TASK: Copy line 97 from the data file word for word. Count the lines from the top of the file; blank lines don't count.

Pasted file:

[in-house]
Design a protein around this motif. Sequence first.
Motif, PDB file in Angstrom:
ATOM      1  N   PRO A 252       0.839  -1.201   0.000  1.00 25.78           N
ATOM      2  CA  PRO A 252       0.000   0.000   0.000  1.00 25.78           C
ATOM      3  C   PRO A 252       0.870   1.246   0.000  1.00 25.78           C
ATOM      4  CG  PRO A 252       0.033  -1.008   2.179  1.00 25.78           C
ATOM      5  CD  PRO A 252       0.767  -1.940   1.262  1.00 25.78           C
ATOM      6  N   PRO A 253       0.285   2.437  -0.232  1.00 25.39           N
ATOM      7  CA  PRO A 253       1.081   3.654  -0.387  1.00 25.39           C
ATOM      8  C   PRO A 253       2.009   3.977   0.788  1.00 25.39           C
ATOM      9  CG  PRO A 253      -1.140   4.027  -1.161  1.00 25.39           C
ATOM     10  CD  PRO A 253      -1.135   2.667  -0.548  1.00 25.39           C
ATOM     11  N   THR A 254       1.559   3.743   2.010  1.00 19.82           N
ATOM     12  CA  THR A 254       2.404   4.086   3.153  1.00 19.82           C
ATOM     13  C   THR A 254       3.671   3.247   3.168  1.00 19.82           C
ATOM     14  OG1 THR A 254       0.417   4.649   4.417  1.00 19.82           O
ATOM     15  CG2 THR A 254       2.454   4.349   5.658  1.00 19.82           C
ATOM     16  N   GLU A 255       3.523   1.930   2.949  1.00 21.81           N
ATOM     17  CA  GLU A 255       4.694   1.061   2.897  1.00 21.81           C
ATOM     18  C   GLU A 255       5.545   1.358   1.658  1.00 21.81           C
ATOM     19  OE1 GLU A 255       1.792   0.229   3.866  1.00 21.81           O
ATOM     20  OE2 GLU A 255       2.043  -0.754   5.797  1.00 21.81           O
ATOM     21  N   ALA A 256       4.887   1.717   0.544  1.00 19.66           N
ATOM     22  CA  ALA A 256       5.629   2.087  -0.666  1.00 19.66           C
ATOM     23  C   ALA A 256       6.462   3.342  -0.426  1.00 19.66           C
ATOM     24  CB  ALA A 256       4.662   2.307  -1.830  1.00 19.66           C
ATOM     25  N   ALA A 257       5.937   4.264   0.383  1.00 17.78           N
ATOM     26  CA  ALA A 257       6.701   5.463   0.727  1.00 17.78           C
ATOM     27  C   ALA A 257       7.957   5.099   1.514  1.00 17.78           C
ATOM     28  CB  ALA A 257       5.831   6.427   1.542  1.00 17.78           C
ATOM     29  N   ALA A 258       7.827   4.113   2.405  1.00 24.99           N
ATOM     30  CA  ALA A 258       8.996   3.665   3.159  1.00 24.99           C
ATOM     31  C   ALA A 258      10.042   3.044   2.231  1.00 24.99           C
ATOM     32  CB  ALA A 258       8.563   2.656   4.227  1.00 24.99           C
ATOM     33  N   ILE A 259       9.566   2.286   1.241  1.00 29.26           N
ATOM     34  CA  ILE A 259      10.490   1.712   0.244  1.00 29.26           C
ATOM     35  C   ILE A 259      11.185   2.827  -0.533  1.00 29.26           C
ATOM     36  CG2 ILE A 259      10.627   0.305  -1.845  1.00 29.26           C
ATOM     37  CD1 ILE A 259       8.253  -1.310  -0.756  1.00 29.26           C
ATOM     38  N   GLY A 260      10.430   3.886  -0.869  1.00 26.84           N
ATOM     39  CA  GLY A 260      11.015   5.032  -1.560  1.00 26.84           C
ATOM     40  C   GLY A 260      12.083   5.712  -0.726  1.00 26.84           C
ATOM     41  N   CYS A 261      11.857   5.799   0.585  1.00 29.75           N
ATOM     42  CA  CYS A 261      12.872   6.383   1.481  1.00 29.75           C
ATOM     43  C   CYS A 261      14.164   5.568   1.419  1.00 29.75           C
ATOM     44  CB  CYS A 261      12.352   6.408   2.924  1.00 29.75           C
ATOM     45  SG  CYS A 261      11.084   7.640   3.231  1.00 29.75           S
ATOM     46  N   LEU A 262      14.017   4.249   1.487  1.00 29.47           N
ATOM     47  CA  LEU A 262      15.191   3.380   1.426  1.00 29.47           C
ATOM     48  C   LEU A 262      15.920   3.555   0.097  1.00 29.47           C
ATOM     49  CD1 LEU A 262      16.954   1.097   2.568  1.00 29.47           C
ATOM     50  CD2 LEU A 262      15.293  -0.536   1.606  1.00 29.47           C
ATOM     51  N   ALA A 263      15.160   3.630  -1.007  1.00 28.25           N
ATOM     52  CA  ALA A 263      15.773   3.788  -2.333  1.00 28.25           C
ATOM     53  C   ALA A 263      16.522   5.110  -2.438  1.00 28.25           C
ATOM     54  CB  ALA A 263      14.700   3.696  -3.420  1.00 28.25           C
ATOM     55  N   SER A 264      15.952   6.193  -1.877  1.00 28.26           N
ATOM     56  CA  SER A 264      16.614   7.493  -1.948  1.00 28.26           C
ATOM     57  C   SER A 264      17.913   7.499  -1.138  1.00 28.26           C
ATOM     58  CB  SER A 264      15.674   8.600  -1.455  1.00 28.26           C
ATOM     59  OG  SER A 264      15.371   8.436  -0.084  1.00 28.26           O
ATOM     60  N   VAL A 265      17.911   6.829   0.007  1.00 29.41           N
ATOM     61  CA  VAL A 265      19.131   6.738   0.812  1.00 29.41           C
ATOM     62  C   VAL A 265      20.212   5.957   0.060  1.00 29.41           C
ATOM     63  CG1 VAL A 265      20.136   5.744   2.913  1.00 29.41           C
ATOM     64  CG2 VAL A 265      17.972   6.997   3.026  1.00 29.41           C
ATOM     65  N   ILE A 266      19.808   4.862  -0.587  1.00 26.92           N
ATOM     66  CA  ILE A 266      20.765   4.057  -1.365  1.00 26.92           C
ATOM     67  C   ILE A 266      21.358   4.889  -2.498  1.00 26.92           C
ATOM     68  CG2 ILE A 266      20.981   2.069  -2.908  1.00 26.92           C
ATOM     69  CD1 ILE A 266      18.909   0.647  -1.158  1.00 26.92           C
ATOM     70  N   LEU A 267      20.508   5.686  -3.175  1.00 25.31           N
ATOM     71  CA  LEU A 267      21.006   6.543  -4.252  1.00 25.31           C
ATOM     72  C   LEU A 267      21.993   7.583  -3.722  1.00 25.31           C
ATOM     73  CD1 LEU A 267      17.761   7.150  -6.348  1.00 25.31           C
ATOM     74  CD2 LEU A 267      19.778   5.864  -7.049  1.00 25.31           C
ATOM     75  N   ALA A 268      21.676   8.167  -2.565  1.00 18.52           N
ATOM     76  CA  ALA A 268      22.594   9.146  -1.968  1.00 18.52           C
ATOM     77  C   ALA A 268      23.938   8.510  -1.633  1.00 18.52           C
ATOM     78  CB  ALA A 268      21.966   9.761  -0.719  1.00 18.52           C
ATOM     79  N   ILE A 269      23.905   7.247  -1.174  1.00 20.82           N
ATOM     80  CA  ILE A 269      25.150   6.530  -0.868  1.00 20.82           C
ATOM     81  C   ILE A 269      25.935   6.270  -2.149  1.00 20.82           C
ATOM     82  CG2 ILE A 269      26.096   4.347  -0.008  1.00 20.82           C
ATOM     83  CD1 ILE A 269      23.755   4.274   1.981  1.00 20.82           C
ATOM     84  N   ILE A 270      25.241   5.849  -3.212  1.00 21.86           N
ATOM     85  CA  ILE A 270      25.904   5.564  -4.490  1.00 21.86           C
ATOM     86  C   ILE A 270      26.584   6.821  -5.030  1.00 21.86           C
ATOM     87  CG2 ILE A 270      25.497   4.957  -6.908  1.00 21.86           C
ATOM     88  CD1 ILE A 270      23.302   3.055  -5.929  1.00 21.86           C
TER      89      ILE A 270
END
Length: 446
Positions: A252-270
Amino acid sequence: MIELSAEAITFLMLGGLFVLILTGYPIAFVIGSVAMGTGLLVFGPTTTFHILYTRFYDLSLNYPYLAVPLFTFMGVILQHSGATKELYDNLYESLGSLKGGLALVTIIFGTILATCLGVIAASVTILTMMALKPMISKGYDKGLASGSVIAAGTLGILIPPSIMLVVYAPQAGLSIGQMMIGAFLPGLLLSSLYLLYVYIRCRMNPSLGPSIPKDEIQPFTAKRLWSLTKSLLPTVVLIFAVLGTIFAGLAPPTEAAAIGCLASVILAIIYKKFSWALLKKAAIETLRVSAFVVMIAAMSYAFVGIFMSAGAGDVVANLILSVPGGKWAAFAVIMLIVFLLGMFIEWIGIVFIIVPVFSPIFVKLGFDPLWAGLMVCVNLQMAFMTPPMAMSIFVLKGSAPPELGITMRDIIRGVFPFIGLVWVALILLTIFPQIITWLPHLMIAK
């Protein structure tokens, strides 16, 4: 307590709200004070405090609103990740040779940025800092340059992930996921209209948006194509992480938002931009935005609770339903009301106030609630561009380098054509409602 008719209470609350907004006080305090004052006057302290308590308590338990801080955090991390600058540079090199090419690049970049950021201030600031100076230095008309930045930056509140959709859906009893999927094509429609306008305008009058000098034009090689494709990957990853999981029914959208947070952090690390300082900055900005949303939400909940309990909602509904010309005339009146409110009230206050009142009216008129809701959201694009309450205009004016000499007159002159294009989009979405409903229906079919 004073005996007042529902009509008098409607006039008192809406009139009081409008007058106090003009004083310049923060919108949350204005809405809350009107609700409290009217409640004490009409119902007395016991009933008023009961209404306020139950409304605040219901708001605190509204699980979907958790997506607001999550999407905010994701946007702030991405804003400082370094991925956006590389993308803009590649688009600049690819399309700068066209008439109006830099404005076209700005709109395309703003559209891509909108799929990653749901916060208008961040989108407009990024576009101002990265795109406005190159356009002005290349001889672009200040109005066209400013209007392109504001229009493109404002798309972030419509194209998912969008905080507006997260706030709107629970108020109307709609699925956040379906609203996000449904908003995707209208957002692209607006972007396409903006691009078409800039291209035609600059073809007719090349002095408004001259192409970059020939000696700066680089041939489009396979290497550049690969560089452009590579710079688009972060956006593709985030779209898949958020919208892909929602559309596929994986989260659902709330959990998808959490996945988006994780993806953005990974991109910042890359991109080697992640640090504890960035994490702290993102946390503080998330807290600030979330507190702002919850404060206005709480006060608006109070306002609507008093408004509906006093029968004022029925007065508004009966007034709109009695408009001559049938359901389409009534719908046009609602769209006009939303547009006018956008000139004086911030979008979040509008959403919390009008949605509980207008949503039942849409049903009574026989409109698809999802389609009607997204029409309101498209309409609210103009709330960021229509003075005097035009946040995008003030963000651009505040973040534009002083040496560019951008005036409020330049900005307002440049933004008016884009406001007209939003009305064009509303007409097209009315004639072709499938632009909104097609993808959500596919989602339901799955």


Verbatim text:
């Protein structure tokens, strides 16, 4: 307590709200004070405090609103990740040779940025800092340059992930996921209209948006194509992480938002931009935005609770339903009301106030609630561009380098054509409602 008719209470609350907004006080305090004052006057302290308590308590338990801080955090991390600058540079090199090419690049970049950021201030600031100076230095008309930045930056509140959709859906009893999927094509429609306008305008009058000098034009090689494709990957990853999981029914959208947070952090690390300082900055900005949303939400909940309990909602509904010309005339009146409110009230206050009142009216008129809701959201694009309450205009004016000499007159002159294009989009979405409903229906079919 004073005996007042529902009509008098409607006039008192809406009139009081409008007058106090003009004083310049923060919108949350204005809405809350009107609700409290009217409640004490009409119902007395016991009933008023009961209404306020139950409304605040219901708001605190509204699980979907958790997506607001999550999407905010994701946007702030991405804003400082370094991925956006590389993308803009590649688009600049690819399309700068066209008439109006830099404005076209700005709109395309703003559209891509909108799929990653749901916060208008961040989108407009990024576009101002990265795109406005190159356009002005290349001889672009200040109005066209400013209007392109504001229009493109404002798309972030419509194209998912969008905080507006997260706030709107629970108020109307709609699925956040379906609203996000449904908003995707209208957002692209607006972007396409903006691009078409800039291209035609600059073809007719090349002095408004001259192409970059020939000696700066680089041939489009396979290497550049690969560089452009590579710079688009972060956006593709985030779209898949958020919208892909929602559309596929994986989260659902709330959990998808959490996945988006994780993806953005990974991109910042890359991109080697992640640090504890960035994490702290993102946390503080998330807290600030979330507190702002919850404060206005709480006060608006109070306002609507008093408004509906006093029968004022029925007065508004009966007034709109009695408009001559049938359901389409009534719908046009609602769209006009939303547009006018956008000139004086911030979008979040509008959403919390009008949605509980207008949503039942849409049903009574026989409109698809999802389609009607997204029409309101498209309409609210103009709330960021229509003075005097035009946040995008003030963000651009505040973040534009002083040496560019951008005036409020330049900005307002440049933004008016884009406001007209939003009305064009509303007409097209009315004639072709499938632009909104097609993808959500596919989602339901799955």